CLI feautures

New workflow initialization

Create a Git repository:

mkdir mypaper
cd mypaper
git init
echo '# mypaper' >
git add .
git commit -m 'first commit'

Initialize the popper repository and add the configuration file to git:

popper init
git add .
git commit -m 'adds .popper.yml file'

Initialize a workflow

popper scaffold

Show what this did:

ls -l

Commit the “empty” pipeline:

git add .
git commit -m 'adding my first workflow'

Executing a workflow

To run the workflow:

popper run

or to execute all the workflows in a project:

popper run --recursive

Environment Variables

Popper defines the same environment variables that are defined by the official Github Actions runner. To see the values assigned to these variables, run the following workflow:

workflow "env workflow" {
  resolves = "show env"

action "show env" {
  uses = "actions/bin/sh@master"
  args = ["env"]

Reusing existing workflows

Many times, when starting an experiment, it is useful to be able to use an existing workflow as a scaffold for the one we wish to write. The popper-examples repository contains a list of example workflows and actions for the purpose of both learning and to use them as a starting point. Another examples can be found on Github’s official actions organization.

Once you have found a workflow you’re interested in importing, you can use the popper add command to obtain a workflow. For example:

cd myproject/
mkdir myworkflow
popper add
Downloading workflow data-science as data-science...
Workflow docker-data-science has been added successfully.

This will download the contents of the workflow and all its dependencies to your project tree.

Continuously validating a pipeline

The ci subcommand generates configuration files for multiple CI systems. The syntax of this command is the following:

popper ci --service <name>

Where <name> is the name of CI system (see popper ci --help to get a list of supported systems). In the following, we show how to link github with some of the supported CI systems. In order to do so, we first need to create a repository on github and upload our commits:

# set the new remote
git remote add origin <your-github-repo-url>

# verify the remote URL
git remote -v

# push changes in your local repository up to github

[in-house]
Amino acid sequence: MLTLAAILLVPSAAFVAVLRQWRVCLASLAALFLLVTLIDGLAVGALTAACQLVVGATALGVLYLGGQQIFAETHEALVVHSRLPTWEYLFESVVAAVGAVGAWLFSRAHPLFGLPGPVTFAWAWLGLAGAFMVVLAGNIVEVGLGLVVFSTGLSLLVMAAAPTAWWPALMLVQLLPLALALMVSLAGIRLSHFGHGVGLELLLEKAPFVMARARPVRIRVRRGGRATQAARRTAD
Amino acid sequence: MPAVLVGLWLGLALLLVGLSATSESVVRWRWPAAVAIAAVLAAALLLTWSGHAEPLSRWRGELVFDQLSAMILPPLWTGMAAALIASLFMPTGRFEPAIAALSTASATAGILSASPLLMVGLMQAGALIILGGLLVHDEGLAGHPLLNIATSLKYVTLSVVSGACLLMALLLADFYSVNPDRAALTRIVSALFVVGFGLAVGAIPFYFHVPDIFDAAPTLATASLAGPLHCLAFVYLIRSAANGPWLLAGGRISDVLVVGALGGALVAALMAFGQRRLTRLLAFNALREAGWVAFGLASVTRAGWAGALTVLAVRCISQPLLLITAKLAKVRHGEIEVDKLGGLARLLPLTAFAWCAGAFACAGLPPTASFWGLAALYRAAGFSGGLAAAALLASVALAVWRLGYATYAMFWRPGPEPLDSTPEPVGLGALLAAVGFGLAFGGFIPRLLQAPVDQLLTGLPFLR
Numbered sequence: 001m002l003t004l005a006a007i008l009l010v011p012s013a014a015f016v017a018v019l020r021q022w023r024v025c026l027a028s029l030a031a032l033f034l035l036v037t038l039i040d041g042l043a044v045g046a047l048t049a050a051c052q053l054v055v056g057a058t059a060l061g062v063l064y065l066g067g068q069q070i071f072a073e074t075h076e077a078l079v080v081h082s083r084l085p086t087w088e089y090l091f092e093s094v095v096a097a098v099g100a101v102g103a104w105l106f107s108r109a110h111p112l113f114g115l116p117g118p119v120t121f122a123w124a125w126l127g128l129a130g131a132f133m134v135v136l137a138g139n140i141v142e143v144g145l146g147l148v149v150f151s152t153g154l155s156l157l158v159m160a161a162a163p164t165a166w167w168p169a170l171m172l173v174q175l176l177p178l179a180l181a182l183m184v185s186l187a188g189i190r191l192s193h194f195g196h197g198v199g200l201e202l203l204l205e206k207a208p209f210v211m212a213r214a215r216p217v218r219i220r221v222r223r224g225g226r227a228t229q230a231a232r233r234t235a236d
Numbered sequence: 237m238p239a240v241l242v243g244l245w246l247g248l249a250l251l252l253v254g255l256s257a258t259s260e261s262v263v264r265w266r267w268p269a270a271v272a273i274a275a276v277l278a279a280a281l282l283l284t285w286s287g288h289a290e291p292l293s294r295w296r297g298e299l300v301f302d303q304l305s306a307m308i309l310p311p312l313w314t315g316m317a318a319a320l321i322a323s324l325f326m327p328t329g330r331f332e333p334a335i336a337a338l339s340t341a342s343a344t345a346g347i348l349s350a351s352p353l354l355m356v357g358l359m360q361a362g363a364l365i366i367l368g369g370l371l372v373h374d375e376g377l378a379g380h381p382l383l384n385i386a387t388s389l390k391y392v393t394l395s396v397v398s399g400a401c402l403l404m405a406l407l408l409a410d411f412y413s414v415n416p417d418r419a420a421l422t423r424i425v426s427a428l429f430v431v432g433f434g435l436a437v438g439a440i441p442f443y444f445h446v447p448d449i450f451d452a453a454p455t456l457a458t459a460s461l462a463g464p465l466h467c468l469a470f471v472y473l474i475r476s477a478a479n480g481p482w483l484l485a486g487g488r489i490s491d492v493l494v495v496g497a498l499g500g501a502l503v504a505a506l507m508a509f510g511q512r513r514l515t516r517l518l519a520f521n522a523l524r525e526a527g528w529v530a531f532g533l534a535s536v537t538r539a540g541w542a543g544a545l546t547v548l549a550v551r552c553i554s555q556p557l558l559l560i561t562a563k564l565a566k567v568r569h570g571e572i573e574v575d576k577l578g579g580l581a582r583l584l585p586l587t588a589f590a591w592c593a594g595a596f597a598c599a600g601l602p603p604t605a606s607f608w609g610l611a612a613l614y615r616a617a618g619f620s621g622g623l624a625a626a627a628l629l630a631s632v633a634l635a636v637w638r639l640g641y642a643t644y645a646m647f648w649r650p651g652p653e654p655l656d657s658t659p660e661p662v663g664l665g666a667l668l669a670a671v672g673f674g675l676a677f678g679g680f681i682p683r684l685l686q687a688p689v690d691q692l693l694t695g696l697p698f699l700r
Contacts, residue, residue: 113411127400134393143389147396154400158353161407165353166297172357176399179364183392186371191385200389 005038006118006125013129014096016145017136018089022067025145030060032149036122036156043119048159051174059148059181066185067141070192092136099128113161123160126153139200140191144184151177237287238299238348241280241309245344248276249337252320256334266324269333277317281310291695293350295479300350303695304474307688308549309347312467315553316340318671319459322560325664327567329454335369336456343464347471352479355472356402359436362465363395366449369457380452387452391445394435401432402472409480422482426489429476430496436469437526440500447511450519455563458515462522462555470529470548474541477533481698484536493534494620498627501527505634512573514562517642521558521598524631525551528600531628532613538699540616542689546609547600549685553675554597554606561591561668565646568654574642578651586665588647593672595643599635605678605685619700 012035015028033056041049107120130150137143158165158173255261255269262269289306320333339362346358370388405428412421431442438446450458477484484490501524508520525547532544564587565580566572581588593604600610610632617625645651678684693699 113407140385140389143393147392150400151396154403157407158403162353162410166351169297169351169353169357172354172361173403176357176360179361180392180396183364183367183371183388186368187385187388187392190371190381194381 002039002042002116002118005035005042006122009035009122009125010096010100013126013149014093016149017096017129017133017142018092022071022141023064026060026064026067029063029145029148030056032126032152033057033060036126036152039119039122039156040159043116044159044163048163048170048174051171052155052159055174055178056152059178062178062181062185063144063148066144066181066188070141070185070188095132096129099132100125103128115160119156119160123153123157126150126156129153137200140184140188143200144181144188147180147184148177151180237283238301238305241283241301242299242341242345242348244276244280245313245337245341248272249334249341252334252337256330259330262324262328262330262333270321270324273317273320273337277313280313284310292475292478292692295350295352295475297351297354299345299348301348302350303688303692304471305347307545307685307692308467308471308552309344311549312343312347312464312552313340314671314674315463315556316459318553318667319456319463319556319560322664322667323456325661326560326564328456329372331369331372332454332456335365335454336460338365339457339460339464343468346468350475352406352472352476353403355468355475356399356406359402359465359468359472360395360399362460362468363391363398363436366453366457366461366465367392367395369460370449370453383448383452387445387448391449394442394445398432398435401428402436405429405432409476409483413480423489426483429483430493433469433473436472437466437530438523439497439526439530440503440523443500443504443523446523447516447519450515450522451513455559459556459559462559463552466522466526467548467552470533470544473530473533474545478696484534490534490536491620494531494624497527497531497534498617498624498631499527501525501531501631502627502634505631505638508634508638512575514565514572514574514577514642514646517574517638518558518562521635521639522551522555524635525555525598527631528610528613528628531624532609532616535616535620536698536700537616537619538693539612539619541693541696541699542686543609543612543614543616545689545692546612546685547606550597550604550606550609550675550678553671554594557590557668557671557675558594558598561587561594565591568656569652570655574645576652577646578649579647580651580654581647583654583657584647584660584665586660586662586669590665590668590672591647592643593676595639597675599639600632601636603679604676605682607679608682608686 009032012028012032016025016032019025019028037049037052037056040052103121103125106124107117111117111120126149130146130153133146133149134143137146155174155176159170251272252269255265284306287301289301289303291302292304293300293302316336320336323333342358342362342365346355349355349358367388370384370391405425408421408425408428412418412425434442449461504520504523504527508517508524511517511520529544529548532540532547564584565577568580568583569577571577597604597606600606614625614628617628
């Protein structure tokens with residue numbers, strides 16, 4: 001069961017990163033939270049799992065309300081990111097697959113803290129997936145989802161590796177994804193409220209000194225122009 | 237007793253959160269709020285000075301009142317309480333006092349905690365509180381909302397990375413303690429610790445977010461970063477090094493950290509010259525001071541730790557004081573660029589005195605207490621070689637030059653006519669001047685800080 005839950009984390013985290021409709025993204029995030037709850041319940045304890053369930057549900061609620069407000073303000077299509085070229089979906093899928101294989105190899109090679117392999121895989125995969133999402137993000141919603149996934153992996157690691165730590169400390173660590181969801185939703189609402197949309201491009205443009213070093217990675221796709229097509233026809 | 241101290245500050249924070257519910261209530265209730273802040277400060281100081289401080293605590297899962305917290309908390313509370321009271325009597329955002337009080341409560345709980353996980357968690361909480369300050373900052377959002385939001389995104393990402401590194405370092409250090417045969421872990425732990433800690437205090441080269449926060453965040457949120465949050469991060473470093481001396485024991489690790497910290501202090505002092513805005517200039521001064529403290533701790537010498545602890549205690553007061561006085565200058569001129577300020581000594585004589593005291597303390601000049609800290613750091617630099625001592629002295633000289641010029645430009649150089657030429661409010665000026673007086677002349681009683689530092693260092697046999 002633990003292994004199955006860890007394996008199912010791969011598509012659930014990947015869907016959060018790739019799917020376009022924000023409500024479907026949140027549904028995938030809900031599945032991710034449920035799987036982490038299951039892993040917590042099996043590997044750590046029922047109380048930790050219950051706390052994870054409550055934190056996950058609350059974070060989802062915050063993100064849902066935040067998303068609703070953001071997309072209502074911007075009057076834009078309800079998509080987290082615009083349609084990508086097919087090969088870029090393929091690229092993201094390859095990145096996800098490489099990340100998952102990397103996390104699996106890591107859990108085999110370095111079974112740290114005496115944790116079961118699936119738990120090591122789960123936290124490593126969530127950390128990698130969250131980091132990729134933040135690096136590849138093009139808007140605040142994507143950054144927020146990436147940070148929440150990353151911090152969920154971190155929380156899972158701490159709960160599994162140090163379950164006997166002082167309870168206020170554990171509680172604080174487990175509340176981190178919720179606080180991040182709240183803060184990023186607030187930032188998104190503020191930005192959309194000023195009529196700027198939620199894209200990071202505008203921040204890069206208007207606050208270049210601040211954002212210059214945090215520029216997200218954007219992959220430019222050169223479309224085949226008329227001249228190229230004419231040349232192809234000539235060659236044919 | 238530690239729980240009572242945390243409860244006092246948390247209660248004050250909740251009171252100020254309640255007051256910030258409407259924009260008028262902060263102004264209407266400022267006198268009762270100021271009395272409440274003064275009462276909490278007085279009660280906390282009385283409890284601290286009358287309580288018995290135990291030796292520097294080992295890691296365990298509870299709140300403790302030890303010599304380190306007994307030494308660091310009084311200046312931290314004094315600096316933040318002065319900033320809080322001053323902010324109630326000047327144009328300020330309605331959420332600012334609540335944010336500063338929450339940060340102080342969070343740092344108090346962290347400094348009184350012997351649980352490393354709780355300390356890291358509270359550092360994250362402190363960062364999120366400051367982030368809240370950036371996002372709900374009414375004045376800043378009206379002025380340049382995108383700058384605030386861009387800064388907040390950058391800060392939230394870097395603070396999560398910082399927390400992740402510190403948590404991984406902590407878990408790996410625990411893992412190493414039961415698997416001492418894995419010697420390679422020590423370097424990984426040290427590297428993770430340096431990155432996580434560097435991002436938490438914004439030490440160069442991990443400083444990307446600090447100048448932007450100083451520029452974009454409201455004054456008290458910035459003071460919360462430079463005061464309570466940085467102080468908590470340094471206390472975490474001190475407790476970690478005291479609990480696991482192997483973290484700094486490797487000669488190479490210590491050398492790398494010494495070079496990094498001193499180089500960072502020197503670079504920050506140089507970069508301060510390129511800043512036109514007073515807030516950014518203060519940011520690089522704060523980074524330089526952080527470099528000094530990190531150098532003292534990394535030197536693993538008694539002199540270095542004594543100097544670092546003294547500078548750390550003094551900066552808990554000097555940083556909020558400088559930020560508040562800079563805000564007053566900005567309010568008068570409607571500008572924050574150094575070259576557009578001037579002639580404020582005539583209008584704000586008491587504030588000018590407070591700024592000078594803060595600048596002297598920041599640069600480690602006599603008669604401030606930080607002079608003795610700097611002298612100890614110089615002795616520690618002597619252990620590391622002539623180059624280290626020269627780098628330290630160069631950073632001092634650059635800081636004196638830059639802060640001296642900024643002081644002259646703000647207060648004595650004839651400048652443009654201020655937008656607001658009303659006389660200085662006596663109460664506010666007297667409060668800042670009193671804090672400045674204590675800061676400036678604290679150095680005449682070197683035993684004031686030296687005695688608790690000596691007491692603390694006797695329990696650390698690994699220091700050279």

git push -u origin master


For this, we need an account at Travis CI. Assuming our Popperized repository is already on GitHub, we can enable it on TravisCI so that it is continuously validated (see here for a guide). Once the project is registered on Travis, we proceed to generate a .travis.yml file:

cd my-popper-repo/
popper ci --service travis

And commit the file:

git add .travis.yml
git commit -m 'Adds TravisCI config file'

We then can trigger an execution by pushing to GitHub:

git push

After this, one go to the TravisCI website to see your pipelines being executed. Every new change committed to a public repository will trigger an execution of your pipelines. To avoid triggering an execution for a commit, include a line with [skip ci] as part of the commit message.

NOTE: TravisCI has a limit of 2 hours, after which the test is terminated and failed.


For CircleCI, the procedure is similar to what we do for TravisCI (see above):

  1. Sign in to CircleCI using your github account and enable your repository.

  2. Generate config files and add them to the repo:

    cd my-popper-repo/
    popper ci --service circle
    git add .circleci
    git commit -m 'Adds CircleCI config files'
    git push


For GitLab-CI, the procedure is similar to what we do for TravisCI and CircleCI (see above), i.e. generate config files and add them to the repo:

cd my-popper-repo/
popper ci --service gitlab
git add .gitlab-ci.yml
git commit -m 'Adds GitLab-CI config file'
git push

If CI is enabled on your instance of GitLab, the above should trigger an execution of the pipelines in your repository.


For Jenkins, generating a Jenkinsfile is done in a similar way:

cd my-popper-repo/
popper ci --service jenkins
git add Jenkinsfile
git commit -m 'Adds Jenkinsfile'
git push

Jenkins is a self-hosted service and needs to be properly configured in order to be able to read a github project with a Jenkinsfile in it. The easiest way to add a new project is to use the Blue Ocean UI. A step-by-step guide on how to create a new project using the Blue Ocean UI can be found here. In particular, the New Pipeline from a Single Repository has to be selected (as opposed to Auto-discover Pipelines).

Visualizing workflows

While .workflow files are relatively simple to read, it is nice to have a way of quickly visualizing the steps contained in a workflow. Popper provides the option of generating a graph for a workflow. To generate a graph for this pipeline, execute the following:

popper dot

The above generates a graph in .dot format. To visualize it, you can install the graphviz package and execute:

popper dot | dot -T png -o wf.png

The above generates a wf.png file depicting the workflow. Alternatively you can use the website to generate a graph by copy-pasting the output of the popper dot command.